The Hazaras of Afghanistan are concerned about their future as a result of the United States’ withdrawal.


The Hazaras of Afghanistan are concerned about their future as a result of the United States’ withdrawal.

As violence in Afghanistan rises in the wake of US and NATO troop withdrawals, the country’s Hazara ethnic community is preparing itself for what they expect will be a power struggle between rival factions.

At schools, marriages, mosques, sports groups, and even at birth, Hazaras are vulnerable targets. In 2014 and 2015, Afghanistan’s Islamic State offshoot vowed war against the country’s Shiites, and has claimed responsibility for recent Hazara attacks.

The Hazara population is particularly wary of the government because it has no financial interest to protect them. Some fear that the attacks are being carried out by government-linked warlords who are hostile to the ethnic community.

See the list below for more Associated Press reporting.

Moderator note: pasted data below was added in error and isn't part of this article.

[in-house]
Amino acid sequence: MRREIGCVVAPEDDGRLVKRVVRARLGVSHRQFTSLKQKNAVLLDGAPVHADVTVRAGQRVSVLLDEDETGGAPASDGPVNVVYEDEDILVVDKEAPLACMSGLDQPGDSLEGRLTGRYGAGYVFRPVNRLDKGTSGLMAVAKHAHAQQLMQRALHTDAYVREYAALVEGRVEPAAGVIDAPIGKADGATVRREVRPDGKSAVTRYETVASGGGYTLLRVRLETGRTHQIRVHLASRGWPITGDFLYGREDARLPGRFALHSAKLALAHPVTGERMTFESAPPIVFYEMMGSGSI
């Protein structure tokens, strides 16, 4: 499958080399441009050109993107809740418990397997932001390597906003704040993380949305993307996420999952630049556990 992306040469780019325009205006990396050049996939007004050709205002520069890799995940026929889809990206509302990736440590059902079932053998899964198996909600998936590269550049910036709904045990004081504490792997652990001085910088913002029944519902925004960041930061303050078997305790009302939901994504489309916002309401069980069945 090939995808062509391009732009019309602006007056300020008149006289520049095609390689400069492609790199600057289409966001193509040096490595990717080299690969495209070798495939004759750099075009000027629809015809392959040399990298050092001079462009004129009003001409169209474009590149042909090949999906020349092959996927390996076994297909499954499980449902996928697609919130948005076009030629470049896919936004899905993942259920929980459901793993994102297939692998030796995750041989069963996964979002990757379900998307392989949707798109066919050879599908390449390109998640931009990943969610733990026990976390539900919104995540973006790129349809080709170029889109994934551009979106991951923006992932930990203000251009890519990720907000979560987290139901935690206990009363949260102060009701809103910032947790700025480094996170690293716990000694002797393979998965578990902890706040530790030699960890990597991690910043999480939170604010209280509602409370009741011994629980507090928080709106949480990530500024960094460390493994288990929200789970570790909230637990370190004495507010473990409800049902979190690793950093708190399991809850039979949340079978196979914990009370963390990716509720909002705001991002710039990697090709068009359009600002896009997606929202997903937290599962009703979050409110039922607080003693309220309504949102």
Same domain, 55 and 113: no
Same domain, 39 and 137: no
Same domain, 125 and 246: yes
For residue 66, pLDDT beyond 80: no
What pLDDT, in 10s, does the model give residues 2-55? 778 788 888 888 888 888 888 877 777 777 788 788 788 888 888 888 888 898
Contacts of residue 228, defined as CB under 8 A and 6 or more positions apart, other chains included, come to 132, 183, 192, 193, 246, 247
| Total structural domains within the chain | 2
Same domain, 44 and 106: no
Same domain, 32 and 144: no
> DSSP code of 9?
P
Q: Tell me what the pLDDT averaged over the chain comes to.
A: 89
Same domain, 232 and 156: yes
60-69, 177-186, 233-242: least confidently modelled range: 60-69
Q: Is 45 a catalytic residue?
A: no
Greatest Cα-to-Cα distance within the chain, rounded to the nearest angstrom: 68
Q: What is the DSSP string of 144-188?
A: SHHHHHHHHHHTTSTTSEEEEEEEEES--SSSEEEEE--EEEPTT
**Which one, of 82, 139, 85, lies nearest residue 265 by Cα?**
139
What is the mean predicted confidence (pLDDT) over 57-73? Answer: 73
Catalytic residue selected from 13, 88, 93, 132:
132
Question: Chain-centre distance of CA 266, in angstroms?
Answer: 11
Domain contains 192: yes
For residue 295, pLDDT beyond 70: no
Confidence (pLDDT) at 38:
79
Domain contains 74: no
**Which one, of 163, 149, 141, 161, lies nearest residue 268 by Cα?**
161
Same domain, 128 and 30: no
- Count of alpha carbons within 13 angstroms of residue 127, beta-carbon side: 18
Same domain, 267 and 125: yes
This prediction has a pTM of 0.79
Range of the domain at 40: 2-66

Running errands in west Kabul’s predominantly Hazara neighborhoods might be perilous. Adila Khiari and her two daughters went out to buy new curtains last week. Her son learned soon after that a minibus had been bombed, the fourth in less than 48 hours.

When his mother didn’t pick up the phone, he hurriedly looked for hospitals in Kabul. Hosnia, his sister, was found in critical condition with burns covering more than half of her body. Then he discovered that both his mother and his other sister, Mina, had died. Hosnia passed away three days later, on Sunday.

Hazaras have a lot to be afraid of.

Inside the Nabi Rasool Akram Mosque compound, protected by sandbags stacked against its ornate doors and 10-foot high walls, Qatradullah Broman was among the Hazaras attending the funeral of Adila and Mina this week.

The government doesn’t care about Hazaras and has failed to protect them, he said. “Anyone who can afford to leave, they are leaving. Those who can’t are staying here to die,” said Broman. “I see a very dark future for our people.”

Former government adviser Torek Farhadi told The Associated Press that within the political leadership, “from the top down,” there is a “sorry culture” of discrimination against Hazaras. “The government, in a cynical calculation, has decided Hazara lives are cheap,” he said.

Since 2015, attacks have killed at least 1,200 Hazaras and injured another 2,300, according to Wadood Pedram, executive director of the Kabul-based Human Rights and Eradication of Violence Organization.

Last year, gunmen attacked a maternity hospital. This is a brief summary.


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